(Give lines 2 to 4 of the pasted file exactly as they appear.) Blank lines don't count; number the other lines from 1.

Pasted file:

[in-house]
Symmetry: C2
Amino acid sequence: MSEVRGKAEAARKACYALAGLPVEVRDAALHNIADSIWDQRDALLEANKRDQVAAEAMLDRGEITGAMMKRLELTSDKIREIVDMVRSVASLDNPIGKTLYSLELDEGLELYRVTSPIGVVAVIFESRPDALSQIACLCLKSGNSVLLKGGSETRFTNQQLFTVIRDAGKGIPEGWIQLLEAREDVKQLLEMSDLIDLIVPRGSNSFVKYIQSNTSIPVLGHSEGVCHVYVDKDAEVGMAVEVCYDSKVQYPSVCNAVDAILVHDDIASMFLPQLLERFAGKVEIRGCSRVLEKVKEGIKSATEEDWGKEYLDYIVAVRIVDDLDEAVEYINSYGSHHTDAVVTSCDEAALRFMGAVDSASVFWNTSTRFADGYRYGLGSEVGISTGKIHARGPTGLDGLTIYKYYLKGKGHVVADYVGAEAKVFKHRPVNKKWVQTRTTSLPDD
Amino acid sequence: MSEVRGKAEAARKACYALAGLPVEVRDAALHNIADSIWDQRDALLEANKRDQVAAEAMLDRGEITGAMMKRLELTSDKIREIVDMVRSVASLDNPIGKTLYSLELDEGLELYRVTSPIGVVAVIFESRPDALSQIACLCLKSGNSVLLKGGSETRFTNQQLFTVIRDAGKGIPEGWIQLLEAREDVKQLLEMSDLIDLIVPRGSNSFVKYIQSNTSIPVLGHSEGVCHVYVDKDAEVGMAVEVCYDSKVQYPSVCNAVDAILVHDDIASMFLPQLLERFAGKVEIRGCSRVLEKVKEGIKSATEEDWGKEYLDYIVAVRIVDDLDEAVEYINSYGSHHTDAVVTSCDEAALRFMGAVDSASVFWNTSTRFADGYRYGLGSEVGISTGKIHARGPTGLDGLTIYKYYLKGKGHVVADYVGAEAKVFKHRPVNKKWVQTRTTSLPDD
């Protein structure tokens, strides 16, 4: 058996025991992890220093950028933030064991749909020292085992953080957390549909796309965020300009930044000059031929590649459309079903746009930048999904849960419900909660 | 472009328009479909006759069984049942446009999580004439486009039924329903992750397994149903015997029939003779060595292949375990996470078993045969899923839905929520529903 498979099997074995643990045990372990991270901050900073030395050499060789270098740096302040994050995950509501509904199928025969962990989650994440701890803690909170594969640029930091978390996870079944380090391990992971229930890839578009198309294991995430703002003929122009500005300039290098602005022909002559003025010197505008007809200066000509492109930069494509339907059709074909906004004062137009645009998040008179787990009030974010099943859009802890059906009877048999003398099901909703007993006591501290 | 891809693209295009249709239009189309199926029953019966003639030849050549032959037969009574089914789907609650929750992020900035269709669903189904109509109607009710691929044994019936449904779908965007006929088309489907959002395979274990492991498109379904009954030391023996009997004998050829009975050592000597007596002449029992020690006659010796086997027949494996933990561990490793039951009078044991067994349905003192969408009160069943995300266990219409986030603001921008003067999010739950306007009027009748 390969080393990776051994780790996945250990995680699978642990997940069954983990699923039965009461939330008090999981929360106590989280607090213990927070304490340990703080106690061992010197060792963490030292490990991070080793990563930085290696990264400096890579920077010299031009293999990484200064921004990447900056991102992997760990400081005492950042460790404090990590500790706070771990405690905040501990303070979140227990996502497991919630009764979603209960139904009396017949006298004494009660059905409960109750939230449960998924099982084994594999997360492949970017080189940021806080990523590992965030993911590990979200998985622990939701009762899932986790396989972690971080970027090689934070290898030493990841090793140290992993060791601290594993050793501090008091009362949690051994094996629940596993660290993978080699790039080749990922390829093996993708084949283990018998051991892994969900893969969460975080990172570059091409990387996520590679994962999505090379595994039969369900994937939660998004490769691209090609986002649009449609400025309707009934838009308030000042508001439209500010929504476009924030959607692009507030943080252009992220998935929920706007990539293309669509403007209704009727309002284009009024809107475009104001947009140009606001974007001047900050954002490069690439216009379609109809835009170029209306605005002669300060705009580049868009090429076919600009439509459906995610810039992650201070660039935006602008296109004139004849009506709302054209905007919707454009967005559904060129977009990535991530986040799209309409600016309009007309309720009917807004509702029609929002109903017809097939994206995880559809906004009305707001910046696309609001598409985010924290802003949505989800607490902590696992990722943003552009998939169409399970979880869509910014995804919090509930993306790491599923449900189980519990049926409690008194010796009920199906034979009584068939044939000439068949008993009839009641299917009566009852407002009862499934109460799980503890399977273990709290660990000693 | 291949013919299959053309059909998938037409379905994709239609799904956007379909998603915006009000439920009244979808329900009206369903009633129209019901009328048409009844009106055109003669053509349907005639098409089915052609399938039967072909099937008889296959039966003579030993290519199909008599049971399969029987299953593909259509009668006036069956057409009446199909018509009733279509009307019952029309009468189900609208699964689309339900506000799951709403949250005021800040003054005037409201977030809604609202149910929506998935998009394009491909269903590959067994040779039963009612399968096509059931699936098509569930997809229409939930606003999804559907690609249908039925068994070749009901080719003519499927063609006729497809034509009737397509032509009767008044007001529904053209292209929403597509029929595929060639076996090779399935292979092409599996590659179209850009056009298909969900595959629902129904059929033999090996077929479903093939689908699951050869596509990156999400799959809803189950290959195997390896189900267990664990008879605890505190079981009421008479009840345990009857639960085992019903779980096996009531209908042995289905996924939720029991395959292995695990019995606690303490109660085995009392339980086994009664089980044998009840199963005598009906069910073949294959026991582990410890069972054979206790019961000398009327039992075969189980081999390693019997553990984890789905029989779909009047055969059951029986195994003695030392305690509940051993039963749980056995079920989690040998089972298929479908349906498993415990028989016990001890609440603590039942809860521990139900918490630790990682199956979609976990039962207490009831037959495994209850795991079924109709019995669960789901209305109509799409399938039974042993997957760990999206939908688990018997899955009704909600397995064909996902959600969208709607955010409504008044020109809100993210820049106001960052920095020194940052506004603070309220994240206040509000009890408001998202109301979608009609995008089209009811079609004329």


Symmetry: C2
Amino acid sequence: MSEVRGKAEAARKACYALAGLPVEVRDAALHNIADSIWDQRDALLEANKRDQVAAEAMLDRGEITGAMMKRLELTSDKIREIVDMVRSVASLDNPIGKTLYSLELDEGLELYRVTSPIGVVAVIFESRPDALSQIACLCLKSGNSVLLKGGSETRFTNQQLFTVIRDAGKGIPEGWIQLLEAREDVKQLLEMSDLIDLIVPRGSNSFVKYIQSNTSIPVLGHSEGVCHVYVDKDAEVGMAVEVCYDSKVQYPSVCNAVDAILVHDDIASMFLPQLLERFAGKVEIRGCSRVLEKVKEGIKSATEEDWGKEYLDYIVAVRIVDDLDEAVEYINSYGSHHTDAVVTSCDEAALRFMGAVDSASVFWNTSTRFADGYRYGLGSEVGISTGKIHARGPTGLDGLTIYKYYLKGKGHVVADYVGAEAKVFKHRPVNKKWVQTRTTSLPDD
Amino acid sequence: MSEVRGKAEAARKACYALAGLPVEVRDAALHNIADSIWDQRDALLEANKRDQVAAEAMLDRGEITGAMMKRLELTSDKIREIVDMVRSVASLDNPIGKTLYSLELDEGLELYRVTSPIGVVAVIFESRPDALSQIACLCLKSGNSVLLKGGSETRFTNQQLFTVIRDAGKGIPEGWIQLLEAREDVKQLLEMSDLIDLIVPRGSNSFVKYIQSNTSIPVLGHSEGVCHVYVDKDAEVGMAVEVCYDSKVQYPSVCNAVDAILVHDDIASMFLPQLLERFAGKVEIRGCSRVLEKVKEGIKSATEEDWGKEYLDYIVAVRIVDDLDEAVEYINSYGSHHTDAVVTSCDEAALRFMGAVDSASVFWNTSTRFADGYRYGLGSEVGISTGKIHARGPTGLDGLTIYKYYLKGKGHVVADYVGAEAKVFKHRPVNKKWVQTRTTSLPDD